A $112 million transit center in Silver Spring, Maryland, is years behind schedule due to serious construction flaws. After detecting the flaws, Montgomery County officials halted construction and hired en engineering firm to look at the center.
That firm’s report found that the pillars supporting the three-level center are inadequate to hold the buses that are supposed to use one of the levels; the concrete covering the steel reinforcement bars is so thin that the center will probably rust out in about 12.5 years, instead of the 50 years for which it was designed; and the center doesn’t meet fire standards.
Really, why does Silver Spring need an expensive, three-level transit center anyway? They could have fit everything they wanted in a ground-level, surface parking lot that would have cost far less than $112 million. This is simply another case of transit going for the high-cost solution to any problem.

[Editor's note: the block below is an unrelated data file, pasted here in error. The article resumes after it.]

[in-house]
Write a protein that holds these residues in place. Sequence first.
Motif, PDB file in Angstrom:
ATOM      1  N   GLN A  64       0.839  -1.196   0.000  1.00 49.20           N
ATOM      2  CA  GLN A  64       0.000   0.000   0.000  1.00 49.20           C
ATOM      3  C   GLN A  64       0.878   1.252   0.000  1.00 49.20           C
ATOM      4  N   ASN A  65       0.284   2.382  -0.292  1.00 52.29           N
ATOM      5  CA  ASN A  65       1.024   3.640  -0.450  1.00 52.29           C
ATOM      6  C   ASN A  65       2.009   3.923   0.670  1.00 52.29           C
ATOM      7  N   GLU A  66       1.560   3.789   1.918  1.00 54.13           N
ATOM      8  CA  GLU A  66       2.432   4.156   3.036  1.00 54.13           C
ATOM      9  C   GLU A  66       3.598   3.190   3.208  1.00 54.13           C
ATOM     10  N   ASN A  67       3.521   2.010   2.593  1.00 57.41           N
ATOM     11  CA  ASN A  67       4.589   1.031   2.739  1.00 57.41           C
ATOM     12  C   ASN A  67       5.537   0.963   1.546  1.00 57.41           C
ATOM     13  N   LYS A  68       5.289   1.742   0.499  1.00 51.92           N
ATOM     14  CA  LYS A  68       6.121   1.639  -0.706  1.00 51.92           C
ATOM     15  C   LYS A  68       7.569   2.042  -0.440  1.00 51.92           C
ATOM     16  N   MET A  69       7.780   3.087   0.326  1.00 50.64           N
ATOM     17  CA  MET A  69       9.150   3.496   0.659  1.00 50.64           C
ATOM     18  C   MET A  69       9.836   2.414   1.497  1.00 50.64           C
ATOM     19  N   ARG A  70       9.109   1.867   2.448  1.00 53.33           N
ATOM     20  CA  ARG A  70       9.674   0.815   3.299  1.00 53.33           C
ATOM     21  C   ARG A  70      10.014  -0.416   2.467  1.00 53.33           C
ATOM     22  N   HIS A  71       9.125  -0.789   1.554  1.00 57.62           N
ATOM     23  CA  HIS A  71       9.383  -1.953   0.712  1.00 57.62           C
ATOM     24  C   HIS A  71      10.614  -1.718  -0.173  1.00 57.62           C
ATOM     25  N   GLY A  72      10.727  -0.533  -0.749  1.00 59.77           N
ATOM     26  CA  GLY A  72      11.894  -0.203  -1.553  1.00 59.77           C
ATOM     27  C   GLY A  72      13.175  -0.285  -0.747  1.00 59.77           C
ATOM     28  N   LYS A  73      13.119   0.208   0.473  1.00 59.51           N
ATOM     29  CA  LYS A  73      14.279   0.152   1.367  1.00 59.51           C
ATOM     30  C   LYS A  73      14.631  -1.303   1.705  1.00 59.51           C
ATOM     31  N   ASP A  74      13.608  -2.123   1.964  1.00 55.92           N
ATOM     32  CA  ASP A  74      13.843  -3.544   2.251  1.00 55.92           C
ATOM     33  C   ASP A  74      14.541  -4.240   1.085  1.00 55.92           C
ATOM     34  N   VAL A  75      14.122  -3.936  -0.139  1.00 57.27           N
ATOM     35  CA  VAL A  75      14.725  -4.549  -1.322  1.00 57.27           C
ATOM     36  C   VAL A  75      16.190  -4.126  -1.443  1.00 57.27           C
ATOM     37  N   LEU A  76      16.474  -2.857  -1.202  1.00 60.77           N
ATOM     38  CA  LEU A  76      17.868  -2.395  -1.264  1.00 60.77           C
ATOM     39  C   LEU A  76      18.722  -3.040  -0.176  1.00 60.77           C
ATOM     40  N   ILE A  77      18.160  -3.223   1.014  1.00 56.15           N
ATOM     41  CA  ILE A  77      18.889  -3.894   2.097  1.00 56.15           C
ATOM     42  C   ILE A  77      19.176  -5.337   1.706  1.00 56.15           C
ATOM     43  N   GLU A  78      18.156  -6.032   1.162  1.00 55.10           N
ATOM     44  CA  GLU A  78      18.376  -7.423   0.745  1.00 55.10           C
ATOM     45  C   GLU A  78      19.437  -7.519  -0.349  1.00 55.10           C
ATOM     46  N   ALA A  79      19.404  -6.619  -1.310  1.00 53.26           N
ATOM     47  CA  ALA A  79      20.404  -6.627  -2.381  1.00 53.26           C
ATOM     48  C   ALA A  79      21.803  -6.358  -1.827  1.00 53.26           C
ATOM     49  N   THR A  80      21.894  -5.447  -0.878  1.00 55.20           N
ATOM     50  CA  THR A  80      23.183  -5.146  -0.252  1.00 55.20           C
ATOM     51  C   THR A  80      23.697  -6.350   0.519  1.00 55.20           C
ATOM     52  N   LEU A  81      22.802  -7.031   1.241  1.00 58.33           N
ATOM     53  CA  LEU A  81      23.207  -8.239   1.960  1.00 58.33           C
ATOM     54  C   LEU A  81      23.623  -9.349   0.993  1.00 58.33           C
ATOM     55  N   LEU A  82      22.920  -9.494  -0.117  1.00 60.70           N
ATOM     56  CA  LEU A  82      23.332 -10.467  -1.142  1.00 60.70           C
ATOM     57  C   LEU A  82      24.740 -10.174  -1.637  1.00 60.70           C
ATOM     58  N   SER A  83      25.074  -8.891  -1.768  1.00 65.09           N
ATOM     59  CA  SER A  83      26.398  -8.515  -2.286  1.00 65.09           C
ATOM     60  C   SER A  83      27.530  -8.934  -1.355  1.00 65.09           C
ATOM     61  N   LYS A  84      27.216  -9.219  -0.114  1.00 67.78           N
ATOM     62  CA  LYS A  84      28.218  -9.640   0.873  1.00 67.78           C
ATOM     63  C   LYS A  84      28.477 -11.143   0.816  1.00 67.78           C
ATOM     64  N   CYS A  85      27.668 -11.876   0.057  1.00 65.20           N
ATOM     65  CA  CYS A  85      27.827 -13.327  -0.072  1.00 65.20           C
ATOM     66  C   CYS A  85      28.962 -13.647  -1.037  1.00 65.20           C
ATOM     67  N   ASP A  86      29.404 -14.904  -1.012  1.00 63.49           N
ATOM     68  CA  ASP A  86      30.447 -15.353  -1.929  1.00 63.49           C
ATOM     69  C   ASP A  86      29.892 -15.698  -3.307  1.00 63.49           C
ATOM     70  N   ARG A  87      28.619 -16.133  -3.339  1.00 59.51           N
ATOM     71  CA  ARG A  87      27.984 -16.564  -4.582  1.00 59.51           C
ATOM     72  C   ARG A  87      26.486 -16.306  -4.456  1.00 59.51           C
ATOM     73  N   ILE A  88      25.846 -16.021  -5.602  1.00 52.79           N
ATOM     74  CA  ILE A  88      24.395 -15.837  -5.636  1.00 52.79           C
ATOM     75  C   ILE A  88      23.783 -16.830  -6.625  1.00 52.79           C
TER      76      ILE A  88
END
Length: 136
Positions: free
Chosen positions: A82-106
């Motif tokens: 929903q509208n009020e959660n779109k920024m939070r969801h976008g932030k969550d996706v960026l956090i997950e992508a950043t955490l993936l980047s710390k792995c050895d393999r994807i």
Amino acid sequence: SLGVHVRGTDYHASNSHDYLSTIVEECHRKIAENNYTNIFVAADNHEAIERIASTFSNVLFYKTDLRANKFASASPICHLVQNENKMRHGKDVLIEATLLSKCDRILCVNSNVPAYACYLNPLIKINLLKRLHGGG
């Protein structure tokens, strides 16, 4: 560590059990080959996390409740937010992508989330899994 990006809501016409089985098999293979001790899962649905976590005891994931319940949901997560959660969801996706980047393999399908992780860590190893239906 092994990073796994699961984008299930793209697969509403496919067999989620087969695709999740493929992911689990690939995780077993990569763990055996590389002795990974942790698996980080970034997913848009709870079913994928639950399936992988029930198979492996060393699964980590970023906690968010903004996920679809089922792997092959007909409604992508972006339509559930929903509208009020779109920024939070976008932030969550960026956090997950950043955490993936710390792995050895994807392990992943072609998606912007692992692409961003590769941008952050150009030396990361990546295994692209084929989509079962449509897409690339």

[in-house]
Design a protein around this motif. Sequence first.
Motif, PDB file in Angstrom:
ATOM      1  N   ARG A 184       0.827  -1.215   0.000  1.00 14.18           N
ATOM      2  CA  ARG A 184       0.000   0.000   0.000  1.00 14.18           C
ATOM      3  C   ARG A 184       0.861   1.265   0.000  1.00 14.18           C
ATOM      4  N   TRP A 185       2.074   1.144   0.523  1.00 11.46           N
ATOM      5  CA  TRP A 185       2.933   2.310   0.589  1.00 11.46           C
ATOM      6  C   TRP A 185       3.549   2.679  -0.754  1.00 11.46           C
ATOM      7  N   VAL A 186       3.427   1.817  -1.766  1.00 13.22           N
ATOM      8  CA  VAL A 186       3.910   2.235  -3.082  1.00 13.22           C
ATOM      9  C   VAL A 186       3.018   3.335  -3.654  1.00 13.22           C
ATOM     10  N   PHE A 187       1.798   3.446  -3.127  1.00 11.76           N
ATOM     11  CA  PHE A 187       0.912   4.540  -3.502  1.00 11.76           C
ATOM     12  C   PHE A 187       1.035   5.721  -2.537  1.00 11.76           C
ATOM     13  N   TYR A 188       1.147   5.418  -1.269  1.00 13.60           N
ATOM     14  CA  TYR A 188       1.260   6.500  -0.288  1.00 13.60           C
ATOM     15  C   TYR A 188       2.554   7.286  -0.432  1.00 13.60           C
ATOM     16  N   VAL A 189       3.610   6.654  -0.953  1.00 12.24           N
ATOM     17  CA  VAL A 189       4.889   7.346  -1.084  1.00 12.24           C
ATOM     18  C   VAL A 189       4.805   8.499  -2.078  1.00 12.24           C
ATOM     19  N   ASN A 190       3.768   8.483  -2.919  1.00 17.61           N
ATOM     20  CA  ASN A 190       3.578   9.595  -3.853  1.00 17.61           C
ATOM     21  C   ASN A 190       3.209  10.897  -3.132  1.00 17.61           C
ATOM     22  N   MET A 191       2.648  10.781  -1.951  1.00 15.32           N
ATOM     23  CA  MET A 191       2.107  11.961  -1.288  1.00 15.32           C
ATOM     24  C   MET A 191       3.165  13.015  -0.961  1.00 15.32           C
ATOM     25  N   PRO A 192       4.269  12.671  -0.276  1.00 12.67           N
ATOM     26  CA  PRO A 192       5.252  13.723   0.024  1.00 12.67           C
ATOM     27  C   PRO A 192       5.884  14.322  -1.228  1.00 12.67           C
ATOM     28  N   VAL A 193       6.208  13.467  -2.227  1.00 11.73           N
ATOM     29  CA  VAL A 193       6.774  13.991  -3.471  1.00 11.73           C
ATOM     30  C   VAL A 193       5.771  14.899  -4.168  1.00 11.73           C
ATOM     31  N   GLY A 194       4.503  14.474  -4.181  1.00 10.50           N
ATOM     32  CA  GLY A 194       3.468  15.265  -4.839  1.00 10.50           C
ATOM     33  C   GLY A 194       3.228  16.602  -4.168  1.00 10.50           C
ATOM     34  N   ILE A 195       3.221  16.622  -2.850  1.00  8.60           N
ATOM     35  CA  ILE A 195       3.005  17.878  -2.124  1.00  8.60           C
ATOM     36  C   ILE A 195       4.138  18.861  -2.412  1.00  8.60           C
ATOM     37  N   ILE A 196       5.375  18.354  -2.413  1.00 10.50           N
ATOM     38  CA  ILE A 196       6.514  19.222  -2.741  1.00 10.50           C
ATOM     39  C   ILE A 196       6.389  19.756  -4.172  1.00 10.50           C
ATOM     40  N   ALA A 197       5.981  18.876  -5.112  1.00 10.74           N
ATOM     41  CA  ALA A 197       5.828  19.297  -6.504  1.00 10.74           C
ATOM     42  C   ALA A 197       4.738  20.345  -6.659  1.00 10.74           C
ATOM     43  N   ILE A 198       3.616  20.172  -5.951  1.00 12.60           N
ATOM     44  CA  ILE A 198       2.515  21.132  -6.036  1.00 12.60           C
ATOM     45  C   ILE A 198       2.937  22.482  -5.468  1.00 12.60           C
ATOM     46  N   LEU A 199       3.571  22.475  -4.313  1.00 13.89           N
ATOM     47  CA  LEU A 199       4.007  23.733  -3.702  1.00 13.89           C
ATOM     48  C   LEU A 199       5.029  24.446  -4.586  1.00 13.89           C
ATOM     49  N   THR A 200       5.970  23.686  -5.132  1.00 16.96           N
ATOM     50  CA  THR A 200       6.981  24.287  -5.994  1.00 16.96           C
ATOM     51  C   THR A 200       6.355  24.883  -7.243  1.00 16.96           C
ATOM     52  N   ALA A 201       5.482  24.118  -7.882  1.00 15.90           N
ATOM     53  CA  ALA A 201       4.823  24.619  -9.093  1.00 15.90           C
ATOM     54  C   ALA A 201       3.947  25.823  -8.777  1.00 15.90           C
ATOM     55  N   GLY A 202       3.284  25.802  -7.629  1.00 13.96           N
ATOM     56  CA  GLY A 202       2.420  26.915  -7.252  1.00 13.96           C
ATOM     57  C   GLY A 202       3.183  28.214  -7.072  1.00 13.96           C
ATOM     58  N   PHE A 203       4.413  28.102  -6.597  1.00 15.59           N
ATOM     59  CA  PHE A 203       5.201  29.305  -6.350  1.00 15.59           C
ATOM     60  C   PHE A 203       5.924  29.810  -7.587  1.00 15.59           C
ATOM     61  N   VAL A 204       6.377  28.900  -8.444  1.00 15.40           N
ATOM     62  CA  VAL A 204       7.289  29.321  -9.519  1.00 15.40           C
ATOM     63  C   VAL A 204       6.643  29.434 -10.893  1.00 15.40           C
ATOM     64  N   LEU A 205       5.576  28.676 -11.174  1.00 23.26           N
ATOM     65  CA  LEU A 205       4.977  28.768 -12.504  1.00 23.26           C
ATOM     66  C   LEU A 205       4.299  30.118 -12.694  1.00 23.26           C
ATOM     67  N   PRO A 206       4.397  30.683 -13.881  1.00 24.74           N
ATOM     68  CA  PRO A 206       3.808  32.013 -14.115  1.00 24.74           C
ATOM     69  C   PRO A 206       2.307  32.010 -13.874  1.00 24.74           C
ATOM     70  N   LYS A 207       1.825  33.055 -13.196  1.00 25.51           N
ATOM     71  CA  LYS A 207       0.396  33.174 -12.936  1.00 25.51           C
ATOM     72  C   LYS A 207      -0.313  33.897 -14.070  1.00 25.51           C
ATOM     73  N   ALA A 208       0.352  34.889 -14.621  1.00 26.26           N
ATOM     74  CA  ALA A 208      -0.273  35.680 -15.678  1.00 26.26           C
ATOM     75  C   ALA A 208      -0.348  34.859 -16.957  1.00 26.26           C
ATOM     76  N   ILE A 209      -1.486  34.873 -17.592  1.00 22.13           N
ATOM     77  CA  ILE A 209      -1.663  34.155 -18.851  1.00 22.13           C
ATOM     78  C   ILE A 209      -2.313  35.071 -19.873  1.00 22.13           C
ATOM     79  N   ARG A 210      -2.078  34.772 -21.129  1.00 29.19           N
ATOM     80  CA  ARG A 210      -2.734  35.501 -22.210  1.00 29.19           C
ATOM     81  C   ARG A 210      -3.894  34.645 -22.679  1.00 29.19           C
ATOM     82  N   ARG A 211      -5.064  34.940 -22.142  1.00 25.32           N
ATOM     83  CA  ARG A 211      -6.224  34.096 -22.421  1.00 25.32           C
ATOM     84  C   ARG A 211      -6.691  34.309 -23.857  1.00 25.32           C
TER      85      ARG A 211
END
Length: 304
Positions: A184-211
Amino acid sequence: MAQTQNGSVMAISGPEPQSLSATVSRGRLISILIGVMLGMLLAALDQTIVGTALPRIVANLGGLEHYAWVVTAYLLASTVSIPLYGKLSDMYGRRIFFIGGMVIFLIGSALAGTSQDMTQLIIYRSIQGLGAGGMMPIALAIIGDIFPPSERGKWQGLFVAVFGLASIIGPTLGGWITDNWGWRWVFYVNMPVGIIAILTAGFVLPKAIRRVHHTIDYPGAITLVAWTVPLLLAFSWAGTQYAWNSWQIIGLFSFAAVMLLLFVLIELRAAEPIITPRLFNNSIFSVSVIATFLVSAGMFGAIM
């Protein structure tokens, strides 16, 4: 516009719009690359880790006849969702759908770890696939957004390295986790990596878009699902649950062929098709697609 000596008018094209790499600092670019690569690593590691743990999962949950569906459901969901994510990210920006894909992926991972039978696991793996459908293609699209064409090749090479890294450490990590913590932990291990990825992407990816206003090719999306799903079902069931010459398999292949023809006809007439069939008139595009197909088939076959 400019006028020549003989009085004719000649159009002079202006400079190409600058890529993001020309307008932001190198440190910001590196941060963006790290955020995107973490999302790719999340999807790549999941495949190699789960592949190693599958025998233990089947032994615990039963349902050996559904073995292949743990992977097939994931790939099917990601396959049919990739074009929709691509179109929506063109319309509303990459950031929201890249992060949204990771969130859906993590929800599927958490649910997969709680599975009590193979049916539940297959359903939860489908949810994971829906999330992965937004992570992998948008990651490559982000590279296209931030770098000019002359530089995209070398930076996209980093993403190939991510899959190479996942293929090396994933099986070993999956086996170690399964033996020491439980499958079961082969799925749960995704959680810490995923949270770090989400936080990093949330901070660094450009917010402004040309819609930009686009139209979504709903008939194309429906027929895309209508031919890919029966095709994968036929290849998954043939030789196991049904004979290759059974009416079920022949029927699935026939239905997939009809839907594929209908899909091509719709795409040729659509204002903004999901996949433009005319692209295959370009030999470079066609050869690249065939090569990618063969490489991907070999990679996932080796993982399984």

Meanwhile, on the other side of DC, Arlington, Virginia–the same city that wants to spend $250 million on a 4.9-mile streetcar line–just finished installing a $1 million bus stop. Not surprisingly, construction took longer than expected.
Of course, not satisfied to spend a mere $1 million on a single bus stop, Arlington plans to build a total of 24 of these gold-plated bus stops. After all, why spend $5,000 on a shelter that protects customers from rain when you can spend a million dollars of other people’s money on a fancy bus stop whose “roof may not keep rain off the heads of those waiting”?